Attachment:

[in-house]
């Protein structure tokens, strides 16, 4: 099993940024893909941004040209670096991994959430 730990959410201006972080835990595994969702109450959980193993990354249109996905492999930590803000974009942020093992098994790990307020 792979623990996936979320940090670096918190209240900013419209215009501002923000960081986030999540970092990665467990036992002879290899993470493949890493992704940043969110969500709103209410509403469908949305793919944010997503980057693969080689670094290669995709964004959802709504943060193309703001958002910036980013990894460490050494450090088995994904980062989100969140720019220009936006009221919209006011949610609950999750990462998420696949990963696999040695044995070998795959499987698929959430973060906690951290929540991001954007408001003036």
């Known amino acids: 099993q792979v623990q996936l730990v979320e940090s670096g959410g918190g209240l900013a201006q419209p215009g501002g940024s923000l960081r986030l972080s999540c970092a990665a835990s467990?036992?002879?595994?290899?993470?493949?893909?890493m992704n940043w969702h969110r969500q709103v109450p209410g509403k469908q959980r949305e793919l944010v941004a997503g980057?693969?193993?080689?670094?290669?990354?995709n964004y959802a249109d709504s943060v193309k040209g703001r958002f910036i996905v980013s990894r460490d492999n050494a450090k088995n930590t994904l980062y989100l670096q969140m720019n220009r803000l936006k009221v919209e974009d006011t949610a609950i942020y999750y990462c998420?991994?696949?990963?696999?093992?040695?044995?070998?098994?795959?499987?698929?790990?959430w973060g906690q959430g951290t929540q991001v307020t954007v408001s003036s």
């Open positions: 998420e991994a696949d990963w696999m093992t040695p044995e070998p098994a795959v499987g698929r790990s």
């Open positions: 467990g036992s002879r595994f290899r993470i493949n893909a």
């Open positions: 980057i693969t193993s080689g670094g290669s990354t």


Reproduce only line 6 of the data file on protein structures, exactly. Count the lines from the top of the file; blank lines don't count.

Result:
């Open positions: 980057i693969t193993s080689g670094g290669s990354t």